COYLE — The trip to town had become terrifying. The constant-velocity, or CV, joint in Jerry Brush’s Subaru Brat was shot. This made the car “sloppy,” as he put it, and causing him to weave around the road as soon as he reached highway speed.
Brush, 76, lives on the peaceful and remote Toandos peninsula.
With few affordable grocery-shopping options nearby, he needs to drive 35 miles to the Port Townsend Food Bank every week or so.
He also sees a doctor in Silverdale a few times a month.
With the Subaru in dire need of repair, Brush could drive his other car, a big old Ford Thunderbird.
But with a fixed income of $750 per month in Social Security benefits, he must keep expenses down at every turn.
The T-bird is a gas-hog — 11 miles to the gallon — so even going from Coyle to Quilcene is costly, let alone Port Townsend and beyond.
So he drove the Subaru.
Its bad CV joint made the car hard to control, so Brush could envision veering into the oncoming lane or ending up in a roadside ditch.
“I was scared to death,” he said, adding that he feared not only for himself but for the rest of the motorists on the rural roads.
Then there was the possibility of the car just breaking down completely, in which case he couldn’t foot the towing bill.
Then came a meeting, one Brush calls the best thing to happen to him in 2019.
It was his October appointment with Maria Logan at the Olympic Community Action Programs office in Port Townsend.
He went in after saving up some of the money to replace that CV joint; he didn’t know what to expect, if anything, from OlyCAP.
After nearly five months of setting aside what he could, Brush had just $120.
The repair would cost more than three times that much.
Logan informed Brush that the Peninsula Home Fund could help.
OlyCAP administers the fund, which exists thanks to contributions from residents of the North Olympic Peninsula.
It’s designed to offer a hand up, not a handout, among neighbors.
Logan, a community support staffer at OlyCAP, explained that the maximum Home Fund grant is $350 per calendar year.
The amount was no more and no less of what Brush needed.
Mechanic Aaron Taylor of A & T Auto Repair in Port Hadlock had quoted him $470 to replace the Subaru’s CV joint.
“Oh, man. Oh, man. I’m saved,” was Brush’s reaction.
“I had no problems from that moment on.”
Logan, upon meeting Brush, was impressed by his demeanor.
“It can be hard to be cheerful when something so vital is on the fritz,” she said, “but Jerry struck me as an upbeat person despite the hardship.”
Brush, back in the Subaru, said the Brat is now “such a pleasure to drive. I’m getting 31 miles to the gallon,” so gasoline won’t eat up the cash in his wallet.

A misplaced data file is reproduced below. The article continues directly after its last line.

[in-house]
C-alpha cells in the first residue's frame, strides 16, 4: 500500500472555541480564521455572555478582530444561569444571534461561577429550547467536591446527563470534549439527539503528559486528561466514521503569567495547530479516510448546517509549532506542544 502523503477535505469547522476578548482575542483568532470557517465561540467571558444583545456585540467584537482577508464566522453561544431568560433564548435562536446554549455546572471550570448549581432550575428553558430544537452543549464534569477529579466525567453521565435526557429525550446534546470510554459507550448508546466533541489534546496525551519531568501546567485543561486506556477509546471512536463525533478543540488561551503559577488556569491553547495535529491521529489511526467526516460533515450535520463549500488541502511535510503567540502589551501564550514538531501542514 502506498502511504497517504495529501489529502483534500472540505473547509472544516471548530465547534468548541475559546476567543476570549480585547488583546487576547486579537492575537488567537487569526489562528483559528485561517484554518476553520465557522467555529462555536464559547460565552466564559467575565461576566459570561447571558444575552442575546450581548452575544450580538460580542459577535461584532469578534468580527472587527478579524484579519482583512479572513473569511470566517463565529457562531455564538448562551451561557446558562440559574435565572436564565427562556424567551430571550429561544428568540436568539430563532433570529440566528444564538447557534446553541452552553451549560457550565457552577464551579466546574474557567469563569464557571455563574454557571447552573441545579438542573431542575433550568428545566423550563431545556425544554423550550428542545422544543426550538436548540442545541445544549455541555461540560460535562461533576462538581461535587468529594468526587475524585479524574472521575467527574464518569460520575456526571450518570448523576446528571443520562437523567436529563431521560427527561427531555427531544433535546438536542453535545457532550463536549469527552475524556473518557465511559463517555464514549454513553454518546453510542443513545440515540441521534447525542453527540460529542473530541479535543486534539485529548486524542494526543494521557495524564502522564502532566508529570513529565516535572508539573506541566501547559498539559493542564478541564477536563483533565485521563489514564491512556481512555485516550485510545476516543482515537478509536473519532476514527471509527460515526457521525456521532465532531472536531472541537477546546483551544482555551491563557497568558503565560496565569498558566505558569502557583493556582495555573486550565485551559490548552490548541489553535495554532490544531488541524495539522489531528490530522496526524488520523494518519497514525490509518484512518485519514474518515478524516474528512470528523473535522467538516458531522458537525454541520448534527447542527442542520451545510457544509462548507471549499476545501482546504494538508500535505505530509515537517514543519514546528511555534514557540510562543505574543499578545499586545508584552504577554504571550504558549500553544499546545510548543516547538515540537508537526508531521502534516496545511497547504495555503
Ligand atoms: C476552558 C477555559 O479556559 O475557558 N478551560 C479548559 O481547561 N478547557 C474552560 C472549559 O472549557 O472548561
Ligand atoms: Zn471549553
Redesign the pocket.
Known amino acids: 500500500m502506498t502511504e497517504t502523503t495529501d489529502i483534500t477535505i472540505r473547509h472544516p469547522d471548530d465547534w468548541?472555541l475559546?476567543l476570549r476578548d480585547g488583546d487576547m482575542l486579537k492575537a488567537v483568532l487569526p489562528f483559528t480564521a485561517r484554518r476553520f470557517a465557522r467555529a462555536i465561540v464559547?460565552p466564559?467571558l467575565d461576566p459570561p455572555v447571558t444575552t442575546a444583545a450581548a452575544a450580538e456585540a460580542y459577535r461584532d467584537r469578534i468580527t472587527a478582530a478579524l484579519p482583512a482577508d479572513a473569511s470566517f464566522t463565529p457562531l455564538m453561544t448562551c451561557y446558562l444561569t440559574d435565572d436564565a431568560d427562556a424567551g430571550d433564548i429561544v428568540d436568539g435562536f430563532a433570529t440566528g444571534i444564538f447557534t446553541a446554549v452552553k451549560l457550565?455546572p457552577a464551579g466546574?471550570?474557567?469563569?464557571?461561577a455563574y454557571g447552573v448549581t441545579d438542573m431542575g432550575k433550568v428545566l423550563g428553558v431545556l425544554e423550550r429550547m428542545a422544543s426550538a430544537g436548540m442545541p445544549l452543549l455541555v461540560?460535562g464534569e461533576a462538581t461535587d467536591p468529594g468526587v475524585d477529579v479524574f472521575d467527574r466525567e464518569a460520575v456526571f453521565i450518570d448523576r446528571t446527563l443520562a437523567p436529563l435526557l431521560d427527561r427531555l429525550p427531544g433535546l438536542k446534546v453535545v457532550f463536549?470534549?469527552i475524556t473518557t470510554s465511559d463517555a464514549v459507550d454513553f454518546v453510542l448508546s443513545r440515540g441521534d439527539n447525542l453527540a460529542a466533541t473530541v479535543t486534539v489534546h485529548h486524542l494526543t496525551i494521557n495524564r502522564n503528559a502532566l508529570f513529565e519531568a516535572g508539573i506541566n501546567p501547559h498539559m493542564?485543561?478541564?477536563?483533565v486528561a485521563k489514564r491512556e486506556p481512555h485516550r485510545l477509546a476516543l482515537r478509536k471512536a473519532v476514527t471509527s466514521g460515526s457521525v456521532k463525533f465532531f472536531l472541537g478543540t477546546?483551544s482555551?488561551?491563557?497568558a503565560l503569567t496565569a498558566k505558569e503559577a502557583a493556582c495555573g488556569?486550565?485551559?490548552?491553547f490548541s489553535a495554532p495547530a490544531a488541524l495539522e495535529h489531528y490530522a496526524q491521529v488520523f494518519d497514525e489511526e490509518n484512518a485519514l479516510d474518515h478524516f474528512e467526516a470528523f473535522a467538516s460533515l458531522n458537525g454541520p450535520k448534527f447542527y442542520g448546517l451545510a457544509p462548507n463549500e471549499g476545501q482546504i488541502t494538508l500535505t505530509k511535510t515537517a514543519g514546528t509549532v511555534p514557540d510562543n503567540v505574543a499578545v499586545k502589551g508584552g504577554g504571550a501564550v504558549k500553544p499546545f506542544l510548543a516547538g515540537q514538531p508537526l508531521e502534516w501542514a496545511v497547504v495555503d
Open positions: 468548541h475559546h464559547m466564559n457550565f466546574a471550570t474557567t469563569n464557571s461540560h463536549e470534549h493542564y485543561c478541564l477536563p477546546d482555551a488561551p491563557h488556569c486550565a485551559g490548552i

It’s not that he has an easy ride now.
Brush suffers from intense back and hip pain, and must travel to Silverdale for injections, which don’t always give him relief.
It was decades of standing on metal decks of fishing boats, or on the concrete and steel of shipyards, that did his body in.
A machinist for Marco Marine, Lockheed, the Washington State Ferries and other companies, he worked on all breeds of boats, replacing motors and generators, working 12- and 14-hour days.
“I loved my job. I loved it,” he said.
He also loved living on his own boat in Seattle. Brush is a Pacific Northwesterner to the marrow, a lover of the blue waters, cool temperatures and green forests.
When he lived in Phoenix, Ariz., for 18 months, everything felt wrong.
“Eighty degrees on Christmas Day. Not for me,” Brush recalled.
He worked two jobs: digging ditches for the water department by day and as a bouncer in a bar by night, to save the cash to come home.
When he stepped off the plane at Seattle-Tacoma International Airport, it had begun to rain.
He stood still on the tarmac, drinking it in.
Brush grew up near Star Lake in King County, and remembers swimming all summer long — and then some.
“We swam in that lake until there was ice around the edges,” and a month or so later, the water would be frozen and ready for skating.
“It was so wonderful to be alive,” he said.
These days his merciless back pain prevents Brush from exercising much.
Earlier this year he found himself much too heavy, and decided to make a change.
“I go to the [Port Townsend] library after I go to the food bank, and I check out cookbooks,” he said.
Brush had labeled himself a lousy cook, yet he taught himself to make economical dinners — and to resize them.
“Instead of a big platter full of food, I’d eat very small portions,” and after six months, he’d lost 34 pounds.
At 6 feet tall, he’s down to 230 and would like to lose a few more.
He hopes trips to the Silverdale pain clinic, as well as his lighter weight, will mean a more active life.
Brush wants to find a job.
Work sustains his body and spirit.
As he looks forward to the new year, he’s energized.
“OlyCAP, and the contributors to OlyCAP, saved my life. I couldn’t be more grateful.”
Diane Urbani de la Paz, a former features editor for the Peninsula Daily News, is a freelance writer living in Port Townsend.